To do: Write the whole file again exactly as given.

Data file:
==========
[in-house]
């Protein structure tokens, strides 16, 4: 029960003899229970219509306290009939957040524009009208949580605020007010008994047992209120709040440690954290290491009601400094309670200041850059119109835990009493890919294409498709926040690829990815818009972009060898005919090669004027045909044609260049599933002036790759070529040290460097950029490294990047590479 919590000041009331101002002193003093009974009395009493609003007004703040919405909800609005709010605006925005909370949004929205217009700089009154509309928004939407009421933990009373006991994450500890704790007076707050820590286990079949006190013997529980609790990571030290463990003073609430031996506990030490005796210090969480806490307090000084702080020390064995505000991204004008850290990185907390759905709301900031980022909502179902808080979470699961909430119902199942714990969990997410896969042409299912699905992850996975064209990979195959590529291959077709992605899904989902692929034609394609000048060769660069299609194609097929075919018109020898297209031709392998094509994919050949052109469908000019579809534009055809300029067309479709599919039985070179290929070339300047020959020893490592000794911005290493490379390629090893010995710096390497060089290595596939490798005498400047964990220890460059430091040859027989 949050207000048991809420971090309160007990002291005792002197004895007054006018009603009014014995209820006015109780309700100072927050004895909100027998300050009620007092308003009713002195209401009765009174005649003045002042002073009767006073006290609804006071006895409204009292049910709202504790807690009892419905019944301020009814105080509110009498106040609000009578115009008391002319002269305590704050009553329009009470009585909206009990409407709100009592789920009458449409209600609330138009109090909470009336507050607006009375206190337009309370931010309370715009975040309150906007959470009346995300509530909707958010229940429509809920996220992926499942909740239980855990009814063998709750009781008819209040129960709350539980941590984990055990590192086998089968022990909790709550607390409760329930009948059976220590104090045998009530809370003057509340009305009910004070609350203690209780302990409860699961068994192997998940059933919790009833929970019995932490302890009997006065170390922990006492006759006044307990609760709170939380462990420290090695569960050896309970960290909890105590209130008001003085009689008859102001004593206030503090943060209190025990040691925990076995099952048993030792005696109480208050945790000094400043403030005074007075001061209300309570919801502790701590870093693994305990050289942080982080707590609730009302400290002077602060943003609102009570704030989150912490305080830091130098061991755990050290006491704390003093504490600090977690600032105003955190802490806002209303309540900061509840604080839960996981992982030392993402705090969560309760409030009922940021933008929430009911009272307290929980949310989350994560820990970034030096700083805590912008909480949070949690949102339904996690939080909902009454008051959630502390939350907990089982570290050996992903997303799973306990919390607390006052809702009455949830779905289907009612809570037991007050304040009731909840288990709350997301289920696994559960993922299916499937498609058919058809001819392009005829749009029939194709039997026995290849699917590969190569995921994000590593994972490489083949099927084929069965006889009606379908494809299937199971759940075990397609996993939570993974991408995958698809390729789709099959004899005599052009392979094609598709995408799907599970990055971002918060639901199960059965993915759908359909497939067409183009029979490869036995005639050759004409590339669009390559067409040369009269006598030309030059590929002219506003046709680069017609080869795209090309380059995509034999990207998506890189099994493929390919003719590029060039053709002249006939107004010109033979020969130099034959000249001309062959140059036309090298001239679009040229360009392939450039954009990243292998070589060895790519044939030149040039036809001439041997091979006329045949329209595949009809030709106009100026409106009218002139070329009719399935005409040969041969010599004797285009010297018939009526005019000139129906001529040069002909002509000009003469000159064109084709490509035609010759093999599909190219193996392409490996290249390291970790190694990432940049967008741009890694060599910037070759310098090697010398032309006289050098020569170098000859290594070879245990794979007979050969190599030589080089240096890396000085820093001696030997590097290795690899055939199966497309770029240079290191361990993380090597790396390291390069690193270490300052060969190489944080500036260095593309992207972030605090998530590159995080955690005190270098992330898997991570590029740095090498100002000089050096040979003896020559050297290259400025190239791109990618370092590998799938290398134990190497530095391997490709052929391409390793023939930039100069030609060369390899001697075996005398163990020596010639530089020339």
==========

[in-house]
């Protein structure tokens, strides 16, 4: 029960003899229970219509306290009939957040524009009208949580605020007010008994047992209120709040440690954290290491009601400094309670200041850059119109835990009493890919294409498709926040690829990815818009972009060898005919090669004027045909044609260049599933002036790759070529040290460097950029490294990047590479 919590000041009331101002002193003093009974009395009493609003007004703040919405909800609005709010605006925005909370949004929205217009700089009154509309928004939407009421933990009373006991994450500890704790007076707050820590286990079949006190013997529980609790990571030290463990003073609430031996506990030490005796210090969480806490307090000084702080020390064995505000991204004008850290990185907390759905709301900031980022909502179902808080979470699961909430119902199942714990969990997410896969042409299912699905992850996975064209990979195959590529291959077709992605899904989902692929034609394609000048060769660069299609194609097929075919018109020898297209031709392998094509994919050949052109469908000019579809534009055809300029067309479709599919039985070179290929070339300047020959020893490592000794911005290493490379390629090893010995710096390497060089290595596939490798005498400047964990220890460059430091040859027989 949050207000048991809420971090309160007990002291005792002197004895007054006018009603009014014995209820006015109780309700100072927050004895909100027998300050009620007092308003009713002195209401009765009174005649003045002042002073009767006073006290609804006071006895409204009292049910709202504790807690009892419905019944301020009814105080509110009498106040609000009578115009008391002319002269305590704050009553329009009470009585909206009990409407709100009592789920009458449409209600609330138009109090909470009336507050607006009375206190337009309370931010309370715009975040309150906007959470009346995300509530909707958010229940429509809920996220992926499942909740239980855990009814063998709750009781008819209040129960709350539980941590984990055990590192086998089968022990909790709550607390409760329930009948059976220590104090045998009530809370003057509340009305009910004070609350203690209780302990409860699961068994192997998940059933919790009833929970019995932490302890009997006065170390922990006492006759006044307990609760709170939380462990420290090695569960050896309970960290909890105590209130008001003085009689008859102001004593206030503090943060209190025990040691925990076995099952048993030792005696109480208050945790000094400043403030005074007075001061209300309570919801502790701590870093693994305990050289942080982080707590609730009302400290002077602060943003609102009570704030989150912490305080830091130098061991755990050290006491704390003093504490600090977690600032105003955190802490806002209303309540900061509840604080839960996981992982030392993402705090969560309760409030009922940021933008929430009911009272307290929980949310989350994560820990970034030096700083805590912008909480949070949690949102339904996690939080909902009454008051959630502390939350907990089982570290050996992903997303799973306990919390607390006052809702009455949830779905289907009612809570037991007050304040009731909840288990709350997301289920696994559960993922299916499937498609058919058809001819392009005829749009029939194709039997026995290849699917590969190569995921994000590593994972490489083949099927084929069965006889009606379908494809299937199971759940075990397609996993939570993974991408995958698809390729789709099959004899005599052009392979094609598709995408799907599970990055971002918060639901199960059965993915759908359909497939067409183009029979490869036995005639050759004409590339669009390559067409040369009269006598030309030059590929002219506003046709680069017609080869795209090309380059995509034999990207998506890189099994493929390919003719590029060039053709002249006939107004010109033979020969130099034959000249001309062959140059036309090298001239679009040229360009392939450039954009990243292998070589060895790519044939030149040039036809001439041997091979006329045949329209595949009809030709106009100026409106009218002139070329009719399935005409040969041969010599004797285009010297018939009526005019000139129906001529040069002909002509000009003469000159064109084709490509035609010759093999599909190219193996392409490996290249390291970790190694990432940049967008741009890694060599910037070759310098090697010398032309006289050098020569170098000859290594070879245990794979007979050969190599030589080089240096890396000085820093001696030997590097290795690899055939199966497309770029240079290191361990993380090597790396390291390069690193270490300052060969190489944080500036260095593309992207972030605090998530590159995080955690005190270098992330898997991570590029740095090498100002000089050096040979003896020559050297290259400025190239791109990618370092590998799938290398134990190497530095391997490709052929391409390793023939930039100069030609060369390899001697075996005398163990020596010639530089020339």